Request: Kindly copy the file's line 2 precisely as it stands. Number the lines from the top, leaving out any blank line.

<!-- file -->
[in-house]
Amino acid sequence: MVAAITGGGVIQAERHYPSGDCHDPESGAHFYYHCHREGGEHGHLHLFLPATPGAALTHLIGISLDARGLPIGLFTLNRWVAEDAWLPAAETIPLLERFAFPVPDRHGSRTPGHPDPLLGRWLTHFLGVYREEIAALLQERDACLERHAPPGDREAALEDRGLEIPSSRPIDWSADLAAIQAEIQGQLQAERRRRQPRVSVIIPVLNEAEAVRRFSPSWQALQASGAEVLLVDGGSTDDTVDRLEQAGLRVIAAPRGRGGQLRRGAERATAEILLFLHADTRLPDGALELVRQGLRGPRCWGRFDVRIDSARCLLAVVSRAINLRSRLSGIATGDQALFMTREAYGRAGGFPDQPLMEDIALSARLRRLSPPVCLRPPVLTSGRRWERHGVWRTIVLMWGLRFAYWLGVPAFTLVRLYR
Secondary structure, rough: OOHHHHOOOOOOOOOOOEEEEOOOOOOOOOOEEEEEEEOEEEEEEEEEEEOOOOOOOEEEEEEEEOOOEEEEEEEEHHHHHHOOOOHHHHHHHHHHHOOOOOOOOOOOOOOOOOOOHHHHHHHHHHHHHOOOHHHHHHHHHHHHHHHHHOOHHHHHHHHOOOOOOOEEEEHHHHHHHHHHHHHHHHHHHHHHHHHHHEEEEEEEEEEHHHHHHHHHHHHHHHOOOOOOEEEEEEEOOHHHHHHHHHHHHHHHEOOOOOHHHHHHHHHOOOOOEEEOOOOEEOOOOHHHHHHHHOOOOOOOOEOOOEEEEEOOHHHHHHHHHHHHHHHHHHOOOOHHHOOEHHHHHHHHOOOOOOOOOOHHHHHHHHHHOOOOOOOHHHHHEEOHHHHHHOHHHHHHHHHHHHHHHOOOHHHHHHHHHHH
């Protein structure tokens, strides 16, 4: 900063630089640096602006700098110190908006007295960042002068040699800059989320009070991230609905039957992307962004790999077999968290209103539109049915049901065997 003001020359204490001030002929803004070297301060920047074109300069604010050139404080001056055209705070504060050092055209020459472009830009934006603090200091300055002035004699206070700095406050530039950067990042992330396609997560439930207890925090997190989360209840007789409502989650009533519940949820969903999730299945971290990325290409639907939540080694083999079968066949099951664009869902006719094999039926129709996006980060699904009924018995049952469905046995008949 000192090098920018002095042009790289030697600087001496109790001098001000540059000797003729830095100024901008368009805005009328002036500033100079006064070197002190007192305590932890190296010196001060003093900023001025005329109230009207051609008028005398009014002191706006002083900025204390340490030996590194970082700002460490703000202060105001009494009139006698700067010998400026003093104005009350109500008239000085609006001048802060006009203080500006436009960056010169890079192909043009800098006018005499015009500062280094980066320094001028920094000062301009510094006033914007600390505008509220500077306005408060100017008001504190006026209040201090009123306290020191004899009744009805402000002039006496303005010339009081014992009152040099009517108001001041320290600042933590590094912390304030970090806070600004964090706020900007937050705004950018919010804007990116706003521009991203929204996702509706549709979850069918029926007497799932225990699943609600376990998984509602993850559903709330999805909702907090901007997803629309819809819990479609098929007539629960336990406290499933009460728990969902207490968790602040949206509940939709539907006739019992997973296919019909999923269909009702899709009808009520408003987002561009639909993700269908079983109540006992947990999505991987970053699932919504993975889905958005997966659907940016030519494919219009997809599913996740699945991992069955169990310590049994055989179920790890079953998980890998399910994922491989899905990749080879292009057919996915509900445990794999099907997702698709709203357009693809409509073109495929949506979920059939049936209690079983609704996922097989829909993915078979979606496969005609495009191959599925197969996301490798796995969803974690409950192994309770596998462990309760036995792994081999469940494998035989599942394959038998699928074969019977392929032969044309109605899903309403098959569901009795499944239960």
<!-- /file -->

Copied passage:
Amino acid sequence: MVAAITGGGVIQAERHYPSGDCHDPESGAHFYYHCHREGGEHGHLHLFLPATPGAALTHLIGISLDARGLPIGLFTLNRWVAEDAWLPAAETIPLLERFAFPVPDRHGSRTPGHPDPLLGRWLTHFLGVYREEIAALLQERDACLERHAPPGDREAALEDRGLEIPSSRPIDWSADLAAIQAEIQGQLQAERRRRQPRVSVIIPVLNEAEAVRRFSPSWQALQASGAEVLLVDGGSTDDTVDRLEQAGLRVIAAPRGRGGQLRRGAERATAEILLFLHADTRLPDGALELVRQGLRGPRCWGRFDVRIDSARCLLAVVSRAINLRSRLSGIATGDQALFMTREAYGRAGGFPDQPLMEDIALSARLRRLSPPVCLRPPVLTSGRRWERHGVWRTIVLMWGLRFAYWLGVPAFTLVRLYR